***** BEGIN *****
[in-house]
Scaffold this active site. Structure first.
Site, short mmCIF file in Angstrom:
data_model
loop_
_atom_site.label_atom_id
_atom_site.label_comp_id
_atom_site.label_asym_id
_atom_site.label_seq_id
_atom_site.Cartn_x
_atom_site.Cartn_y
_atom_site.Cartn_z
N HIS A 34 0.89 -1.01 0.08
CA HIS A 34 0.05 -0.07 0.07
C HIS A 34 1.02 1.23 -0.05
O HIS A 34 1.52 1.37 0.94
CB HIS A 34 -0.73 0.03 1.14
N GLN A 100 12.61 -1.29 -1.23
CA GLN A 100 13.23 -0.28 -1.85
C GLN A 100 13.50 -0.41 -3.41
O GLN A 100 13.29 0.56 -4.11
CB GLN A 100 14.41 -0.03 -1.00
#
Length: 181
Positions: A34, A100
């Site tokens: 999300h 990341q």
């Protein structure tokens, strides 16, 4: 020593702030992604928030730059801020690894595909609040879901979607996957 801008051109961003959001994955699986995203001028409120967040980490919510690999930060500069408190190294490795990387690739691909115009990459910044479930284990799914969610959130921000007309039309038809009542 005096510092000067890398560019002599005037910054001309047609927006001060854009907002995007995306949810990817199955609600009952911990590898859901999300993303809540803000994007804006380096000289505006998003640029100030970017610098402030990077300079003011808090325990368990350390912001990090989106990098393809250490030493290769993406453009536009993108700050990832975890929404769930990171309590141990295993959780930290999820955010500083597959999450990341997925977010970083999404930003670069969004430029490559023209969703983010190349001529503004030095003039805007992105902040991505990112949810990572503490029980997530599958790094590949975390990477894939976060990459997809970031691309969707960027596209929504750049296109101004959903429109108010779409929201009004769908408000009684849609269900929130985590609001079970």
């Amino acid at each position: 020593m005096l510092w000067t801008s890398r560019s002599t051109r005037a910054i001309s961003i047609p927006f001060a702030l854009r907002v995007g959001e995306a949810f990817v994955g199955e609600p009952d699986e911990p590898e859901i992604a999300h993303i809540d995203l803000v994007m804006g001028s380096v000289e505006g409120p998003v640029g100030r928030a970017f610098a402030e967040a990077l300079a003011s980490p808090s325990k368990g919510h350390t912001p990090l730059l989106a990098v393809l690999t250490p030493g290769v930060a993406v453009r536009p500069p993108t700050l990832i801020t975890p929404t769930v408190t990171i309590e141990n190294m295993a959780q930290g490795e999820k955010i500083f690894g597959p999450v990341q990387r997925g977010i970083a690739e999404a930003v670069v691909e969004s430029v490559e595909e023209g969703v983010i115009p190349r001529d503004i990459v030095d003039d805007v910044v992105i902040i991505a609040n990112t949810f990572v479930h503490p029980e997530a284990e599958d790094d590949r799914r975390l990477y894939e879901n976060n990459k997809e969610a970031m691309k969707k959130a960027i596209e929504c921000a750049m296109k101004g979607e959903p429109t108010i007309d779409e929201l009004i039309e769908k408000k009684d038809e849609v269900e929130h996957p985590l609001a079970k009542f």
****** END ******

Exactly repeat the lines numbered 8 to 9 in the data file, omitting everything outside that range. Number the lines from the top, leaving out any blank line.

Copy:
_atom_site.label_asym_id
_atom_site.label_seq_id